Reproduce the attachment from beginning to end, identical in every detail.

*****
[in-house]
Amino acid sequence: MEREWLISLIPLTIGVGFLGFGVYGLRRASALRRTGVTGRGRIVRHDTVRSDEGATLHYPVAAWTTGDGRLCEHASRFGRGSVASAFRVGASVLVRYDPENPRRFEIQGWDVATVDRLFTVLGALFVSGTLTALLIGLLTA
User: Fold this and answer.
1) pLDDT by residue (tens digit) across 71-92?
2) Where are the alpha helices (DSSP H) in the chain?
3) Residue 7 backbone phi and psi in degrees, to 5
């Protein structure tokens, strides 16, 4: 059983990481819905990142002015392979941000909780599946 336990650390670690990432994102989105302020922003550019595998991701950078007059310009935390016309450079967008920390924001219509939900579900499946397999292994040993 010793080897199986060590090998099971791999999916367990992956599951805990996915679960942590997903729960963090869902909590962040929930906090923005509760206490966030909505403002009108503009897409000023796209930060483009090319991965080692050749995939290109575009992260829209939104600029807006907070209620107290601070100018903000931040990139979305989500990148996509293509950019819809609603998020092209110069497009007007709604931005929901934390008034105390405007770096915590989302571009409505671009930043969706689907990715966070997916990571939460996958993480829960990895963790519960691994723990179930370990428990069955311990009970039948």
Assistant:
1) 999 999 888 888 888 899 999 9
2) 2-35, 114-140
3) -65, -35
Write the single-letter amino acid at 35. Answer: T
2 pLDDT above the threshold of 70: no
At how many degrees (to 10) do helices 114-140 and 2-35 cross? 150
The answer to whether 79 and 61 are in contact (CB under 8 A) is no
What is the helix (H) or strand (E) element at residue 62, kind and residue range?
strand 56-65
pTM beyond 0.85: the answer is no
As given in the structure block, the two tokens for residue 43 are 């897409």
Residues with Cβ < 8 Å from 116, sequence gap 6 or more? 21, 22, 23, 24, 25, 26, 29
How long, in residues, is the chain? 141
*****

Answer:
[in-house]
Amino acid sequence: MEREWLISLIPLTIGVGFLGFGVYGLRRASALRRTGVTGRGRIVRHDTVRSDEGATLHYPVAAWTTGDGRLCEHASRFGRGSVASAFRVGASVLVRYDPENPRRFEIQGWDVATVDRLFTVLGALFVSGTLTALLIGLLTA
User: Fold this and answer.
1) pLDDT by residue (tens digit) across 71-92?
2) Where are the alpha helices (DSSP H) in the chain?
3) Residue 7 backbone phi and psi in degrees, to 5
């Protein structure tokens, strides 16, 4: 059983990481819905990142002015392979941000909780599946 336990650390670690990432994102989105302020922003550019595998991701950078007059310009935390016309450079967008920390924001219509939900579900499946397999292994040993 010793080897199986060590090998099971791999999916367990992956599951805990996915679960942590997903729960963090869902909590962040929930906090923005509760206490966030909505403002009108503009897409000023796209930060483009090319991965080692050749995939290109575009992260829209939104600029807006907070209620107290601070100018903000931040990139979305989500990148996509293509950019819809609603998020092209110069497009007007709604931005929901934390008034105390405007770096915590989302571009409505671009930043969706689907990715966070997916990571939460996958993480829960990895963790519960691994723990179930370990428990069955311990009970039948």
Assistant:
1) 999 999 888 888 888 899 999 9
2) 2-35, 114-140
3) -65, -35
Write the single-letter amino acid at 35. Answer: T
2 pLDDT above the threshold of 70: no
At how many degrees (to 10) do helices 114-140 and 2-35 cross? 150
The answer to whether 79 and 61 are in contact (CB under 8 A) is no
What is the helix (H) or strand (E) element at residue 62, kind and residue range?
strand 56-65
pTM beyond 0.85: the answer is no
As given in the structure block, the two tokens for residue 43 are 């897409």
Residues with Cβ < 8 Å from 116, sequence gap 6 or more? 21, 22, 23, 24, 25, 26, 29
How long, in residues, is the chain? 141